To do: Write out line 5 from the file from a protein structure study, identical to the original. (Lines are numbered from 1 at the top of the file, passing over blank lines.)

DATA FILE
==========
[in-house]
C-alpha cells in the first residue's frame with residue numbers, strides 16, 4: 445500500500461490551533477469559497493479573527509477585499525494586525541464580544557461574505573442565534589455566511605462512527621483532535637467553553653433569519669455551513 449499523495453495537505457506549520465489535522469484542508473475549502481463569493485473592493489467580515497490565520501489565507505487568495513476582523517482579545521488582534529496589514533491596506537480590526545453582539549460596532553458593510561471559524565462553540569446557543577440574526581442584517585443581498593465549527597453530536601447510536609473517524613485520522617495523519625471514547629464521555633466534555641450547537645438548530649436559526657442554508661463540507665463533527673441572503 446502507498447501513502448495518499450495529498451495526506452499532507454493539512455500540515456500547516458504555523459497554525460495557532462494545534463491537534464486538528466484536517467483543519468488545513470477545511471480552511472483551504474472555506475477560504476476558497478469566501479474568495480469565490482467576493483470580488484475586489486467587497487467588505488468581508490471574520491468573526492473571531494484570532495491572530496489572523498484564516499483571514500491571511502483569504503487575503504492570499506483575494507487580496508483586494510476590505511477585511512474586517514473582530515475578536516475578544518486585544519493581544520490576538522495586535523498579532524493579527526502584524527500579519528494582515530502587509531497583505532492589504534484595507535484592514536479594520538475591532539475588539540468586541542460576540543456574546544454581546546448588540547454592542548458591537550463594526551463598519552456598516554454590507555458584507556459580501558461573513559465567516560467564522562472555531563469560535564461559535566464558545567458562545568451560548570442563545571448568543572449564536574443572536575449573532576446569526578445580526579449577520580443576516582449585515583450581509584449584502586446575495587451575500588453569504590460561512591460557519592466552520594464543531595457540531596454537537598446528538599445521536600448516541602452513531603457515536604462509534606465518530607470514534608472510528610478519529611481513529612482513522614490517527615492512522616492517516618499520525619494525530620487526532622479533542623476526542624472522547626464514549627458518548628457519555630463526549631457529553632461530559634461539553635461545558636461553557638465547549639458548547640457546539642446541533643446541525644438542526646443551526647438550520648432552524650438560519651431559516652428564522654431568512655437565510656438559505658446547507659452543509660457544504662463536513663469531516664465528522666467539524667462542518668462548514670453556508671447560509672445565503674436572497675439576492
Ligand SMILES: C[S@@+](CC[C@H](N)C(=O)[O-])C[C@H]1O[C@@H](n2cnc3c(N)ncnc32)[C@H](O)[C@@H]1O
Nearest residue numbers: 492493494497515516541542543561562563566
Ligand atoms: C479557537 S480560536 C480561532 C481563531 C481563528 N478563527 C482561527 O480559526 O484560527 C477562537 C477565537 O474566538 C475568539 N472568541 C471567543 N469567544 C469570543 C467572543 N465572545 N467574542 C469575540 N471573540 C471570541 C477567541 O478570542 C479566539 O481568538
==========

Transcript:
Ligand atoms: C479557537 S480560536 C480561532 C481563531 C481563528 N478563527 C482561527 O480559526 O484560527 C477562537 C477565537 O474566538 C475568539 N472568541 C471567543 N469567544 C469570543 C467572543 N465572545 N467574542 C469575540 N471573540 C471570541 C477567541 O478570542 C479566539 O481568538